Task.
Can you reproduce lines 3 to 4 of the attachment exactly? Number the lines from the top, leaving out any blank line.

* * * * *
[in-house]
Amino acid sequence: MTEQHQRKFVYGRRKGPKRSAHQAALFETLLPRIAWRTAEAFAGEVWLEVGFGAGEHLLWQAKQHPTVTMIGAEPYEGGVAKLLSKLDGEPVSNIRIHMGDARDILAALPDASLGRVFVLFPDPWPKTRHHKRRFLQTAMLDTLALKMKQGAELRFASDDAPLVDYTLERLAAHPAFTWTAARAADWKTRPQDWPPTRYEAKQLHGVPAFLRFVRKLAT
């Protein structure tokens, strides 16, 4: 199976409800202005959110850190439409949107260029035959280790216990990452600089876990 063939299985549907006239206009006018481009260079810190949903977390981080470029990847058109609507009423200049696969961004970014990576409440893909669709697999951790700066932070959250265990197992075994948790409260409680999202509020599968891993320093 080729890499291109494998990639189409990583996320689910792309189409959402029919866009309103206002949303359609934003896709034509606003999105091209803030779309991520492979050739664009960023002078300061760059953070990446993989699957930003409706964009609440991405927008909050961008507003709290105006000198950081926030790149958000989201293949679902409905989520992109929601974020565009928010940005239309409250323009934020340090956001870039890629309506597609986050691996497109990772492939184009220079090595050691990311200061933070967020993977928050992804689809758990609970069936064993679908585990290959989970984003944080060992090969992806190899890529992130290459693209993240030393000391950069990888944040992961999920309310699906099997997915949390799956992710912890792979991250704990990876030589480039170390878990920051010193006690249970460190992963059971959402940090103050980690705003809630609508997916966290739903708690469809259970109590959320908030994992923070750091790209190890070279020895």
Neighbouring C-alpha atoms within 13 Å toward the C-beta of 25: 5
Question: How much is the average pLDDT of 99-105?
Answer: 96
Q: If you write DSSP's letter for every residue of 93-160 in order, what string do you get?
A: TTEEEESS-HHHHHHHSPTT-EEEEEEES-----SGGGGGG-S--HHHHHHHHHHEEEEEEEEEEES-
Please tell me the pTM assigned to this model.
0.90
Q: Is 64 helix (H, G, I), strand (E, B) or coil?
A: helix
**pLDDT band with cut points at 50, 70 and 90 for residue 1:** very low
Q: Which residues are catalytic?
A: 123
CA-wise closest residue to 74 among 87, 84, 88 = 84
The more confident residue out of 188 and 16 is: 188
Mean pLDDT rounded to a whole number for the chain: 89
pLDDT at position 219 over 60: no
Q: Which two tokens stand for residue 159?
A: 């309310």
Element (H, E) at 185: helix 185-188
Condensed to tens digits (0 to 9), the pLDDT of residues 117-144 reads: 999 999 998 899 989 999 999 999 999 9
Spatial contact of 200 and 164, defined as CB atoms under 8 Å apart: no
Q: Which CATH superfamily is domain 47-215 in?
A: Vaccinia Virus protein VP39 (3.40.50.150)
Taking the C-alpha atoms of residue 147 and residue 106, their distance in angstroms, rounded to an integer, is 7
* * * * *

């Protein structure tokens, strides 16, 4: 199976409800202005959110850190439409949107260029035959280790216990990452600089876990 063939299985549907006239206009006018481009260079810190949903977390981080470029990847058109609507009423200049696969961004970014990576409440893909669709697999951790700066932070959250265990197992075994948790409260409680999202509020599968891993320093 080729890499291109494998990639189409990583996320689910792309189409959402029919866009309103206002949303359609934003896709034509606003999105091209803030779309991520492979050739664009960023002078300061760059953070990446993989699957930003409706964009609440991405927008909050961008507003709290105006000198950081926030790149958000989201293949679902409905989520992109929601974020565009928010940005239309409250323009934020340090956001870039890629309506597609986050691996497109990772492939184009220079090595050691990311200061933070967020993977928050992804689809758990609970069936064993679908585990290959989970984003944080060992090969992806190899890529992130290459693209993240030393000391950069990888944040992961999920309310699906099997997915949390799956992710912890792979991250704990990876030589480039170390878990920051010193006690249970460190992963059971959402940090103050980690705003809630609508997916966290739903708690469809259970109590959320908030994992923070750091790209190890070279020895």
Neighbouring C-alpha atoms within 13 Å toward the C-beta of 25: 5